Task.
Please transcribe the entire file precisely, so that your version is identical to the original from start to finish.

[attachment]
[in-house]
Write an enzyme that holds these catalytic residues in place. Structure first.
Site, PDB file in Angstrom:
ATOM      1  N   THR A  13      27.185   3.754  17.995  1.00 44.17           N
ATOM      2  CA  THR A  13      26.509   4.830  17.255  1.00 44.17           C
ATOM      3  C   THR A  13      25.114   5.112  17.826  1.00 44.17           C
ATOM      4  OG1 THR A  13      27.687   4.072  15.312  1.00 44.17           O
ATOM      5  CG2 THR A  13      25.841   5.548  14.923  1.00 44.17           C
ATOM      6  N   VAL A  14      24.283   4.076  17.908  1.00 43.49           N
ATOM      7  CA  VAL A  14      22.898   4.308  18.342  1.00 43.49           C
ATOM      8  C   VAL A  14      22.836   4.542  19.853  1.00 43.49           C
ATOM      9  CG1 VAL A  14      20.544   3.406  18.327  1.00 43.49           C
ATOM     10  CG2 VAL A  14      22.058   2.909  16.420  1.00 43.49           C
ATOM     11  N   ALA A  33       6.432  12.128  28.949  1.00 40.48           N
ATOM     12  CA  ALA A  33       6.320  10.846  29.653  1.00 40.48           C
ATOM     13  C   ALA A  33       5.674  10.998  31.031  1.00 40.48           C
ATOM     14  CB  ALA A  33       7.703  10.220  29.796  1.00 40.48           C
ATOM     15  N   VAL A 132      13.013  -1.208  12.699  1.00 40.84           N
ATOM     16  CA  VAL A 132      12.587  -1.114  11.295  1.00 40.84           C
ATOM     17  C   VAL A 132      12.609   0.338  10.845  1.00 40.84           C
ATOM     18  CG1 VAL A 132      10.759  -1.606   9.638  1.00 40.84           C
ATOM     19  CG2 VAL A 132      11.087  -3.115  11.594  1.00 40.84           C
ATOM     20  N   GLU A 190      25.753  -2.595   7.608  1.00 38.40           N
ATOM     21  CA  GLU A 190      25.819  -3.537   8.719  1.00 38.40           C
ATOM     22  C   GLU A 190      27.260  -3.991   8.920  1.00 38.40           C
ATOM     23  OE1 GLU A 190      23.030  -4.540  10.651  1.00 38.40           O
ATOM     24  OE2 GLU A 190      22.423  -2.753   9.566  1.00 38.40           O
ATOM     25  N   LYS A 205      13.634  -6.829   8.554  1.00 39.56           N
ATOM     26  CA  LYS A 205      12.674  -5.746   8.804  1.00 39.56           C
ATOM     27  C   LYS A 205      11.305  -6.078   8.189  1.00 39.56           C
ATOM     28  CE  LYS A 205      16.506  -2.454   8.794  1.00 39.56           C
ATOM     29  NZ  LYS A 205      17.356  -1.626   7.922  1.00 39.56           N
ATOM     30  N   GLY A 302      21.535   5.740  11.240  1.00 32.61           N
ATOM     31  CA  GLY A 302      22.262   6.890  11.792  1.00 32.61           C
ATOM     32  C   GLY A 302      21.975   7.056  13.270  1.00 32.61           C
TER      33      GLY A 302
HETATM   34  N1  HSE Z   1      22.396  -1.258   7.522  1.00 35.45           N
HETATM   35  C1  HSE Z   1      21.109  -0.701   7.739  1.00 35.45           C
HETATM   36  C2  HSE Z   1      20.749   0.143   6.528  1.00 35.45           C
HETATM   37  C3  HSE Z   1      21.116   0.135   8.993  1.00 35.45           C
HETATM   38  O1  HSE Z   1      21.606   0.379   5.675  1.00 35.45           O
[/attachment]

[in-house]
Write an enzyme that holds these catalytic residues in place. Structure first.
Site, PDB file in Angstrom:
ATOM      1  N   THR A  13      27.185   3.754  17.995  1.00 44.17           N
ATOM      2  CA  THR A  13      26.509   4.830  17.255  1.00 44.17           C
ATOM      3  C   THR A  13      25.114   5.112  17.826  1.00 44.17           C
ATOM      4  OG1 THR A  13      27.687   4.072  15.312  1.00 44.17           O
ATOM      5  CG2 THR A  13      25.841   5.548  14.923  1.00 44.17           C
ATOM      6  N   VAL A  14      24.283   4.076  17.908  1.00 43.49           N
ATOM      7  CA  VAL A  14      22.898   4.308  18.342  1.00 43.49           C
ATOM      8  C   VAL A  14      22.836   4.542  19.853  1.00 43.49           C
ATOM      9  CG1 VAL A  14      20.544   3.406  18.327  1.00 43.49           C
ATOM     10  CG2 VAL A  14      22.058   2.909  16.420  1.00 43.49           C
ATOM     11  N   ALA A  33       6.432  12.128  28.949  1.00 40.48           N
ATOM     12  CA  ALA A  33       6.320  10.846  29.653  1.00 40.48           C
ATOM     13  C   ALA A  33       5.674  10.998  31.031  1.00 40.48           C
ATOM     14  CB  ALA A  33       7.703  10.220  29.796  1.00 40.48           C
ATOM     15  N   VAL A 132      13.013  -1.208  12.699  1.00 40.84           N
ATOM     16  CA  VAL A 132      12.587  -1.114  11.295  1.00 40.84           C
ATOM     17  C   VAL A 132      12.609   0.338  10.845  1.00 40.84           C
ATOM     18  CG1 VAL A 132      10.759  -1.606   9.638  1.00 40.84           C
ATOM     19  CG2 VAL A 132      11.087  -3.115  11.594  1.00 40.84           C
ATOM     20  N   GLU A 190      25.753  -2.595   7.608  1.00 38.40           N
ATOM     21  CA  GLU A 190      25.819  -3.537   8.719  1.00 38.40           C
ATOM     22  C   GLU A 190      27.260  -3.991   8.920  1.00 38.40           C
ATOM     23  OE1 GLU A 190      23.030  -4.540  10.651  1.00 38.40           O
ATOM     24  OE2 GLU A 190      22.423  -2.753   9.566  1.00 38.40           O
ATOM     25  N   LYS A 205      13.634  -6.829   8.554  1.00 39.56           N
ATOM     26  CA  LYS A 205      12.674  -5.746   8.804  1.00 39.56           C
ATOM     27  C   LYS A 205      11.305  -6.078   8.189  1.00 39.56           C
ATOM     28  CE  LYS A 205      16.506  -2.454   8.794  1.00 39.56           C
ATOM     29  NZ  LYS A 205      17.356  -1.626   7.922  1.00 39.56           N
ATOM     30  N   GLY A 302      21.535   5.740  11.240  1.00 32.61           N
ATOM     31  CA  GLY A 302      22.262   6.890  11.792  1.00 32.61           C
ATOM     32  C   GLY A 302      21.975   7.056  13.270  1.00 32.61           C
TER      33      GLY A 302
HETATM   34  N1  HSE Z   1      22.396  -1.258   7.522  1.00 35.45           N
HETATM   35  C1  HSE Z   1      21.109  -0.701   7.739  1.00 35.45           C
HETATM   36  C2  HSE Z   1      20.749   0.143   6.528  1.00 35.45           C
HETATM   37  C3  HSE Z   1      21.116   0.135   8.993  1.00 35.45           C
HETATM   38  O1  HSE Z   1      21.606   0.379   5.675  1.00 35.45           O